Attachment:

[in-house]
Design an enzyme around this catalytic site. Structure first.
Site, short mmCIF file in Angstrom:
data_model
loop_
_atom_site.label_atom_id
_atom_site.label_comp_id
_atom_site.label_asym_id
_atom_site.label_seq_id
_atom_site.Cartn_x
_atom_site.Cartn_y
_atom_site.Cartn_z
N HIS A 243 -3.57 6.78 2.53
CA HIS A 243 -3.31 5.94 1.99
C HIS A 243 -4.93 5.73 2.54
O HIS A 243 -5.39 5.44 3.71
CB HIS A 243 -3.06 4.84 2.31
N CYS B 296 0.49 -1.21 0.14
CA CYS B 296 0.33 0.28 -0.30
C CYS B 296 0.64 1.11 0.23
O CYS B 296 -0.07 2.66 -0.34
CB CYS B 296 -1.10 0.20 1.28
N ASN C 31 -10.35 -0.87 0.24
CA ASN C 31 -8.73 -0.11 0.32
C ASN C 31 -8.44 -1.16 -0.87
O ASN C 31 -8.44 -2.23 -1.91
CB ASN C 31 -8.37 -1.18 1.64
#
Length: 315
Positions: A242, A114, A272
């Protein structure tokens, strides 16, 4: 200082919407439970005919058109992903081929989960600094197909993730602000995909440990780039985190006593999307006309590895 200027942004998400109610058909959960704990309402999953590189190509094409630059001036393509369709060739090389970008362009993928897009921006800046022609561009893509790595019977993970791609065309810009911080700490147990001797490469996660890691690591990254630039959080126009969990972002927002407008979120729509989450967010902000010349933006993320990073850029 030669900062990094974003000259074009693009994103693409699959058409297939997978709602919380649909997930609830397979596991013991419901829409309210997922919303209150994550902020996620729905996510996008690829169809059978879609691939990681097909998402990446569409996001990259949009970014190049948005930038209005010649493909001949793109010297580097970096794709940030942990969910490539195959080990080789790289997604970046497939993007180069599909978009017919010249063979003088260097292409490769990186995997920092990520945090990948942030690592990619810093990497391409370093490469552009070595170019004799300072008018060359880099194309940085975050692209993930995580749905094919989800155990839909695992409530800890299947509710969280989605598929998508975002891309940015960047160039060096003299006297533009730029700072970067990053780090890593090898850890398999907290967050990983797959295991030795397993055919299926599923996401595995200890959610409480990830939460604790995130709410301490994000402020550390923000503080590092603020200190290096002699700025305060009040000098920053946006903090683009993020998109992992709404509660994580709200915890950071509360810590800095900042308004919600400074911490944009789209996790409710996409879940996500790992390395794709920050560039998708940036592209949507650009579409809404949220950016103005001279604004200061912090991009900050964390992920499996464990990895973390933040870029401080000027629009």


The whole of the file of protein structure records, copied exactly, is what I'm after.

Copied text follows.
[in-house]
Design an enzyme around this catalytic site. Structure first.
Site, short mmCIF file in Angstrom:
data_model
loop_
_atom_site.label_atom_id
_atom_site.label_comp_id
_atom_site.label_asym_id
_atom_site.label_seq_id
_atom_site.Cartn_x
_atom_site.Cartn_y
_atom_site.Cartn_z
N HIS A 243 -3.57 6.78 2.53
CA HIS A 243 -3.31 5.94 1.99
C HIS A 243 -4.93 5.73 2.54
O HIS A 243 -5.39 5.44 3.71
CB HIS A 243 -3.06 4.84 2.31
N CYS B 296 0.49 -1.21 0.14
CA CYS B 296 0.33 0.28 -0.30
C CYS B 296 0.64 1.11 0.23
O CYS B 296 -0.07 2.66 -0.34
CB CYS B 296 -1.10 0.20 1.28
N ASN C 31 -10.35 -0.87 0.24
CA ASN C 31 -8.73 -0.11 0.32
C ASN C 31 -8.44 -1.16 -0.87
O ASN C 31 -8.44 -2.23 -1.91
CB ASN C 31 -8.37 -1.18 1.64
#
Length: 315
Positions: A242, A114, A272
């Protein structure tokens, strides 16, 4: 200082919407439970005919058109992903081929989960600094197909993730602000995909440990780039985190006593999307006309590895 200027942004998400109610058909959960704990309402999953590189190509094409630059001036393509369709060739090389970008362009993928897009921006800046022609561009893509790595019977993970791609065309810009911080700490147990001797490469996660890691690591990254630039959080126009969990972002927002407008979120729509989450967010902000010349933006993320990073850029 030669900062990094974003000259074009693009994103693409699959058409297939997978709602919380649909997930609830397979596991013991419901829409309210997922919303209150994550902020996620729905996510996008690829169809059978879609691939990681097909998402990446569409996001990259949009970014190049948005930038209005010649493909001949793109010297580097970096794709940030942990969910490539195959080990080789790289997604970046497939993007180069599909978009017919010249063979003088260097292409490769990186995997920092990520945090990948942030690592990619810093990497391409370093490469552009070595170019004799300072008018060359880099194309940085975050692209993930995580749905094919989800155990839909695992409530800890299947509710969280989605598929998508975002891309940015960047160039060096003299006297533009730029700072970067990053780090890593090898850890398999907290967050990983797959295991030795397993055919299926599923996401595995200890959610409480990830939460604790995130709410301490994000402020550390923000503080590092603020200190290096002699700025305060009040000098920053946006903090683009993020998109992992709404509660994580709200915890950071509360810590800095900042308004919600400074911490944009789209996790409710996409879940996500790992390395794709920050560039998708940036592209949507650009579409809404949220950016103005001279604004200061912090991009900050964390992920499996464990990895973390933040870029401080000027629009």